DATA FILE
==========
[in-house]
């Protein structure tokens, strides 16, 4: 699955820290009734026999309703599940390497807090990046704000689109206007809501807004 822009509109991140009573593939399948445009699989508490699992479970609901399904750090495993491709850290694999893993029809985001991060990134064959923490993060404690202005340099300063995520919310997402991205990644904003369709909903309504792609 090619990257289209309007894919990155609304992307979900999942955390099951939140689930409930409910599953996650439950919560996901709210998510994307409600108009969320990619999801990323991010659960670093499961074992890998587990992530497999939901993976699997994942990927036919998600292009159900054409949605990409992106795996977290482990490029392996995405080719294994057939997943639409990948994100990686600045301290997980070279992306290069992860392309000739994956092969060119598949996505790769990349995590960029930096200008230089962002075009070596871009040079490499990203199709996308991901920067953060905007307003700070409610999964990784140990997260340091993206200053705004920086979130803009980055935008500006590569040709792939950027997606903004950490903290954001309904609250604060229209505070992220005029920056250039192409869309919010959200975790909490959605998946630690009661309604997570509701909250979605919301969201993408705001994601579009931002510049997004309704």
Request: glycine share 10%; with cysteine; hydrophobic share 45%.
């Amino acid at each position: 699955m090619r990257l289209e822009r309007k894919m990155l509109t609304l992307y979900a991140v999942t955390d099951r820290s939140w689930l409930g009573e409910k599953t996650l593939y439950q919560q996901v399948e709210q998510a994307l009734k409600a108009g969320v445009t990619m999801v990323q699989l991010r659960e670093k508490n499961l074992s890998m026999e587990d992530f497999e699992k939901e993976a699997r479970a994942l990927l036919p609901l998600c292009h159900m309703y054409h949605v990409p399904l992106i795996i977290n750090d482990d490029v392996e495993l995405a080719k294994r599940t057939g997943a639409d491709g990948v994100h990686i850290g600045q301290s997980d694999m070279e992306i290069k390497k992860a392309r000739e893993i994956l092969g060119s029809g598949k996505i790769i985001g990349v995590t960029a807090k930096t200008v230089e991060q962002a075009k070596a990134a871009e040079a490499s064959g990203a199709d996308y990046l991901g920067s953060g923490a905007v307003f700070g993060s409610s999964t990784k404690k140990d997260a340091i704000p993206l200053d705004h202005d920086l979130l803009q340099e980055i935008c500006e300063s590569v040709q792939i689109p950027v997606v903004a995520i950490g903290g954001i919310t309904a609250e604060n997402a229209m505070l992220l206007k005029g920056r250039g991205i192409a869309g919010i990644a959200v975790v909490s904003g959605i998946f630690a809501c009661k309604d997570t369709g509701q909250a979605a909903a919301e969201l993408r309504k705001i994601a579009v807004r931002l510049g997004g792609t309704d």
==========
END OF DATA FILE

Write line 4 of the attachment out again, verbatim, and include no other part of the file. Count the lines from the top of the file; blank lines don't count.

């Amino acid at each position: 699955m090619r990257l289209e822009r309007k894919m990155l509109t609304l992307y979900a991140v999942t955390d099951r820290s939140w689930l409930g009573e409910k599953t996650l593939y439950q919560q996901v399948e709210q998510a994307l009734k409600a108009g969320v445009t990619m999801v990323q699989l991010r659960e670093k508490n499961l074992s890998m026999e587990d992530f497999e699992k939901e993976a699997r479970a994942l990927l036919p609901l998600c292009h159900m309703y054409h949605v990409p399904l992106i795996i977290n750090d482990d490029v392996e495993l995405a080719k294994r599940t057939g997943a639409d491709g990948v994100h990686i850290g600045q301290s997980d694999m070279e992306i290069k390497k992860a392309r000739e893993i994956l092969g060119s029809g598949k996505i790769i985001g990349v995590t960029a807090k930096t200008v230089e991060q962002a075009k070596a990134a871009e040079a490499s064959g990203a199709d996308y990046l991901g920067s953060g923490a905007v307003f700070g993060s409610s999964t990784k404690k140990d997260a340091i704000p993206l200053d705004h202005d920086l979130l803009q340099e980055i935008c500006e300063s590569v040709q792939i689109p950027v997606v903004a995520i950490g903290g954001i919310t309904a609250e604060n997402a229209m505070l992220l206007k005029g920056r250039g991205i192409a869309g919010i990644a959200v975790v909490s904003g959605i998946f630690a809501c009661k309604d997570t369709g509701q909250a979605a909903a919301e969201l993408r309504k705001i994601a579009v807004r931002l510049g997004g792609t309704d």